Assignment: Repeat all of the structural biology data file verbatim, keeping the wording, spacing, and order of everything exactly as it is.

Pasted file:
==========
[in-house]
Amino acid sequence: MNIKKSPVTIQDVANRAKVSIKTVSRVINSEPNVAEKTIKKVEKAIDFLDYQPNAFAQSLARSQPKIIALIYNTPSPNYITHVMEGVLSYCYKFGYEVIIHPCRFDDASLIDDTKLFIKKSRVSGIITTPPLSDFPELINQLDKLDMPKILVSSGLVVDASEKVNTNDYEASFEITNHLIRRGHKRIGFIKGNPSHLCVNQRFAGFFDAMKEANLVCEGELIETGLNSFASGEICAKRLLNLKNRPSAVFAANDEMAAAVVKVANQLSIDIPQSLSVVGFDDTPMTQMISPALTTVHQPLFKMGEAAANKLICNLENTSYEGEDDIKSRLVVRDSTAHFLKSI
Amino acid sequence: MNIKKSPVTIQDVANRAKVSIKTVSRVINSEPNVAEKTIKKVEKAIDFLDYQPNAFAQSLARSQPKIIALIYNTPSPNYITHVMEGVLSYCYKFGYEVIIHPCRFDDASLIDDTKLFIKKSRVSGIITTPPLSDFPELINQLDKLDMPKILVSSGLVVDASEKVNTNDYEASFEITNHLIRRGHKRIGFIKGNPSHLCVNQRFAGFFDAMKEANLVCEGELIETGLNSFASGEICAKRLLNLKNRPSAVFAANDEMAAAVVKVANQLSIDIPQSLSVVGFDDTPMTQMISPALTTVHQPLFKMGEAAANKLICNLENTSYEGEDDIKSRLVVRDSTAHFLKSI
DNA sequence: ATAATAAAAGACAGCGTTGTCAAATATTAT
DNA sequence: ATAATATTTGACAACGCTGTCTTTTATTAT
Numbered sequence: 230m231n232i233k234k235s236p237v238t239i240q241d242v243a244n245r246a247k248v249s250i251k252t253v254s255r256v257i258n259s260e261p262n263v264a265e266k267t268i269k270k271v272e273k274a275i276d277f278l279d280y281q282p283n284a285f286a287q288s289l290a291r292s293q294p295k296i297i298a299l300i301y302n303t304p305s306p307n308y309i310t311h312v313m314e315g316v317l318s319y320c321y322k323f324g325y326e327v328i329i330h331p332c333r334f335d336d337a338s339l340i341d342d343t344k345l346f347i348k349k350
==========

[in-house]
Amino acid sequence: MNIKKSPVTIQDVANRAKVSIKTVSRVINSEPNVAEKTIKKVEKAIDFLDYQPNAFAQSLARSQPKIIALIYNTPSPNYITHVMEGVLSYCYKFGYEVIIHPCRFDDASLIDDTKLFIKKSRVSGIITTPPLSDFPELINQLDKLDMPKILVSSGLVVDASEKVNTNDYEASFEITNHLIRRGHKRIGFIKGNPSHLCVNQRFAGFFDAMKEANLVCEGELIETGLNSFASGEICAKRLLNLKNRPSAVFAANDEMAAAVVKVANQLSIDIPQSLSVVGFDDTPMTQMISPALTTVHQPLFKMGEAAANKLICNLENTSYEGEDDIKSRLVVRDSTAHFLKSI
Amino acid sequence: MNIKKSPVTIQDVANRAKVSIKTVSRVINSEPNVAEKTIKKVEKAIDFLDYQPNAFAQSLARSQPKIIALIYNTPSPNYITHVMEGVLSYCYKFGYEVIIHPCRFDDASLIDDTKLFIKKSRVSGIITTPPLSDFPELINQLDKLDMPKILVSSGLVVDASEKVNTNDYEASFEITNHLIRRGHKRIGFIKGNPSHLCVNQRFAGFFDAMKEANLVCEGELIETGLNSFASGEICAKRLLNLKNRPSAVFAANDEMAAAVVKVANQLSIDIPQSLSVVGFDDTPMTQMISPALTTVHQPLFKMGEAAANKLICNLENTSYEGEDDIKSRLVVRDSTAHFLKSI
DNA sequence: ATAATAAAAGACAGCGTTGTCAAATATTAT
DNA sequence: ATAATATTTGACAACGCTGTCTTTTATTAT
Numbered sequence: 230m231n232i233k234k235s236p237v238t239i240q241d242v243a244n245r246a247k248v249s250i251k252t253v254s255r256v257i258n259s260e261p262n263v264a265e266k267t268i269k270k271v272e273k274a275i276d277f278l279d280y281q282p283n284a285f286a287q288s289l290a291r292s293q294p295k296i297i298a299l300i301y302n303t304p305s306p307n308y309i310t311h312v313m314e315g316v317l318s319y320c321y322k323f324g325y326e327v328i329i330h331p332c333r334f335d336d337a338s339l340i341d342d343t344k345l346f347i348k349k350